Rejected evidence reassessed: Wirral and the Mersey Basin in the Roman and post-Roman periods (first to seventh centuries AD)

O'Leary, TA
(2018) Rejected evidence reassessed: Wirral and the Mersey Basin in the Roman and post-Roman periods (first to seventh centuries AD). PhD thesis, University of Liverpool.

[img] Text
Access to this file is restricted: this item is under permanent embargo.

Download (9MB)
[img] Text
Access to this file is embargoed until 1 January 2024.

Download (9MB)


The Wirral Peninsula is located in the North West of England, between the Mersey and the Dee rivers, with its north shore facing directly onto the Irish Sea. A key site within the region is Meols, an ancient port now eroded by the sea, but which has provided a legacy of finds that are testament to its significance across a very broad period of time. The post-Roman history of the North West of England, has traditionally suffered from a deficit of research, literature on the region is limited, with a bias to Chester, or other specific sites and with no recent texts that have the North West or Cheshire as a focus. The catalogue of finds from Meols (Griffiths, Egan and Philpott, 2007) is an important source of information and has served to emphasise the potential for further archaeological work. There is, also, a growing body of information in the database of finds maintained by the Portable Antiquities Scheme. My research revisits questions about post-Roman Wirral in the light of more recent data. The questions relate to the settlement of the peninsula, how it was connected into wider networks of communication and trade and whether there is any evidence of early Christianity. A fourth question which influences each of the others is what relationship there was between Meols and Chester. An original database has been compiled specifically for this research bringing together both new and legacy data from a wide range of sources. This has allowed the data to be analysed in several ways, through an examination of linkages with Roman times, the context of finds and how the whole might fit into a wider regional framework. Through this analysis, it has been possible to suggest potential narratives relating to activity in this specific place in the post-Roman era.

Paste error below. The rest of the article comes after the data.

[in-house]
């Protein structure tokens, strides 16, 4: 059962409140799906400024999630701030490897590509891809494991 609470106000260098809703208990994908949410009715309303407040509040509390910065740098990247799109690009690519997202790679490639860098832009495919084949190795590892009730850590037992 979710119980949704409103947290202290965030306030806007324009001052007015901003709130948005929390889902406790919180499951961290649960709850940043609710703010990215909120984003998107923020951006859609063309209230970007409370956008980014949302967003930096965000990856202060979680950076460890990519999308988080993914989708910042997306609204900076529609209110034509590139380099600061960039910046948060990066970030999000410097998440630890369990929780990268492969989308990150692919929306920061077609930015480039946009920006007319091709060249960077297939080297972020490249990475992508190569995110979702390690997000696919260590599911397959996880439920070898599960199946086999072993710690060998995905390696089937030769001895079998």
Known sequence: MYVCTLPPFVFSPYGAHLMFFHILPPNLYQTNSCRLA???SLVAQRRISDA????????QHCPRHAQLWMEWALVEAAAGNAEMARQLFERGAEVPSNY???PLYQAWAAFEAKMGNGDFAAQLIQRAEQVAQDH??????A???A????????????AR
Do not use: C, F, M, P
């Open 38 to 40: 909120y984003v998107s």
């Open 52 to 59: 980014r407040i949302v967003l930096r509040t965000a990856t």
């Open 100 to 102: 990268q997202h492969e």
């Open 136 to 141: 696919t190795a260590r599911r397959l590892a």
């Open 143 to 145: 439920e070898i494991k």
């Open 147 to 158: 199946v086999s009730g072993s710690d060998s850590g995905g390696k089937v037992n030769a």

Item Type: Thesis (PhD)
Divisions: Fac of Humanities & Social Sci > Faculty of Humanities and Social Sciences
Depositing User: Symplectic Admin
Date Deposited: 11 Dec 2018 12:26
Last Modified: 03 Mar 2021 16:25
DOI: 10.17638/03025920